Music. Art. Culture. Writing.
Interviewed by Rafael Otto
“Musicians have always been the travelers and interlopers and bridges between cultures.”
Ian Brennan is a GRAMMY-winning record producer who has secured four GRAMMY nominations over the past ten years. His most recent nomination (World Music) is for a record produced with musicians at Zomba Prison in southern Malawi. Known now as the Zomba Prison Band, the group’s album, I Have No Everything Here, will compete with international stars such as Gilberto Gil and Anoushka Shankar. Known also as a writer with a background working in social services, mental health, and violence prevention, Brennan has published poetry, fiction, and nonfiction. His newest book, the primary focus of this interview, will come out in February 2016 and is called How Music Dies (or Lives): Field Recording and the Battle for Democracy in the Arts.
Rafael Otto: I think of the title of your new book in two parts. Could you talk about the first half—“How Music Dies”— and it’s meaning?
Ian Brennan: Recorded music is now something we take as a given. It’s now people’s primary source of receiving music and for expressing themselves musically, usually by proxy using someone else’s performances. But all those performances are mummified and already dead. So the repetition of those performances, and divorcing ourselves from labor, is actually an act of death. It has benefits, and it’s beautiful in many respects—I love recorded music—but there are dangers which have become dominant.
Rafael: On the “How Music Lives” side of things, are you referring to the live performance and live experience of music?
Ian: It’s ultimately talking about a balance and recognizing that there needs to be the lived experience as part of the process. Recording is great because of repeatability, privacy, and new tools that allow artists to create unprecedented musical experiences. But the danger is when it becomes too divorced from the lived experience. When it returns to that, when people give that value, it’s important. Now that most live music experiences, big money experiences, are increasingly not live music performances, then we have nothing left. The whole experience…the recording itself is not live, the performance is not live, performances are largely lip-synced or it’s someone singing to themselves supported by off-stage or under-stage performers propping them up. It comes back to that renewal and asking where the torch gets passed. And that’s usually in the places that aren’t being listened to—a garage somewhere, some college town or secondary or tertiary city in America, or other countries that are virtually unheard on a global scale.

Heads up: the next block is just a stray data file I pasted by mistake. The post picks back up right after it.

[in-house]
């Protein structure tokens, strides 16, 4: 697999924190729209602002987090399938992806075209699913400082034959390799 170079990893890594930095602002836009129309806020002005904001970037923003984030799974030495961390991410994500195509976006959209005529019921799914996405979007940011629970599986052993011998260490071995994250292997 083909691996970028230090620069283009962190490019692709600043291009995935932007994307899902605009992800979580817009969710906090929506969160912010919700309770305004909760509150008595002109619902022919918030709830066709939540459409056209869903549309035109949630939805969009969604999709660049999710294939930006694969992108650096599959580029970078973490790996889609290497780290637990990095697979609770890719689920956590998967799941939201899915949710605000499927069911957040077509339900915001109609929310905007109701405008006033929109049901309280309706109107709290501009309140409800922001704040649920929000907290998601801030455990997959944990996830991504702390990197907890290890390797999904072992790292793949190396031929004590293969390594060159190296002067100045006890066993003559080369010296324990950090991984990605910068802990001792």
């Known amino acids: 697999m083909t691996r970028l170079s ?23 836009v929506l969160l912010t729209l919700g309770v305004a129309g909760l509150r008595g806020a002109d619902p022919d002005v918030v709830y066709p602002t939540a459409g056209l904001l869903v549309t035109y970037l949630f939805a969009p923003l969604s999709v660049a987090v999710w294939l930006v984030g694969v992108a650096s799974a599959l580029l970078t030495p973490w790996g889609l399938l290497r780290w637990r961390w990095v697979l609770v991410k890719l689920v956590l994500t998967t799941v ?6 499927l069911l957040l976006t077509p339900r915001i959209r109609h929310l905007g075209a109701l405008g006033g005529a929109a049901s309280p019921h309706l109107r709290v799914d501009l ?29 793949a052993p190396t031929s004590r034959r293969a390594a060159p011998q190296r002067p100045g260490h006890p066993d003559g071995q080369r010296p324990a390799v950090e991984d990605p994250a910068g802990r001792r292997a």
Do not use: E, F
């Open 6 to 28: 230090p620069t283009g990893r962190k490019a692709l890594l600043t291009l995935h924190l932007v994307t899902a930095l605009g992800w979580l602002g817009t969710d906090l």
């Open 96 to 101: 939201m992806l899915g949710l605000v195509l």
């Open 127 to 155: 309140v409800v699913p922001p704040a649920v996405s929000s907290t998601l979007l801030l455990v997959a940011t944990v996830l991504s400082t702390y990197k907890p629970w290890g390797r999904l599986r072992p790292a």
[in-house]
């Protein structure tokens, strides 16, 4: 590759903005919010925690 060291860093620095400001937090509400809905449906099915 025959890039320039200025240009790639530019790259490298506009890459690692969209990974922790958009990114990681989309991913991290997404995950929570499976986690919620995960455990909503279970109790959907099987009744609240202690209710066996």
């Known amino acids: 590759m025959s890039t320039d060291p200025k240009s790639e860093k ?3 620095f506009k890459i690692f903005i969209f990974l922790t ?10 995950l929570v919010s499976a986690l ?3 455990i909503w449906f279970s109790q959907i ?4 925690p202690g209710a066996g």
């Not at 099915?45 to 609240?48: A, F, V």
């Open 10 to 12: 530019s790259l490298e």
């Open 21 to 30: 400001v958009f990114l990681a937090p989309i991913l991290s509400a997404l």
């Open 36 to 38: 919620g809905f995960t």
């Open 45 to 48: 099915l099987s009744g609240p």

Rafael: Given the digital age, do you feel that the experience of live music, whether it’s small scale venues or locals-only scenes, is being diminished? Are fewer people participating in it? And is it becoming less significant in our society?
Ian: I think it’s a reflection of our society becoming more fractured. And that’s not really in a negative way, it’s that people have more options that they did not have before. It was only a few generations ago in America, and is still this way in more rural regions of the world, that a musical experience was a rarity, something that was worth going out of the way for. Now, living in any major city in the world, there are simply too many experiences to possibly have most nights in a week. New York City has been that way for many generations already. It kind of comes back to the bumper sticker saying, “real musicians have day jobs.” It’s not so much that that is true, but I think when people do it for pure reasons, for the pure experience of making music without expectation that some of the best stuff can happen.
Rafael: Tell me about the second half of the title in the book, “Field Recording and the Battle for Democracy in the Arts.” What can I expect as a reader exploring that theme?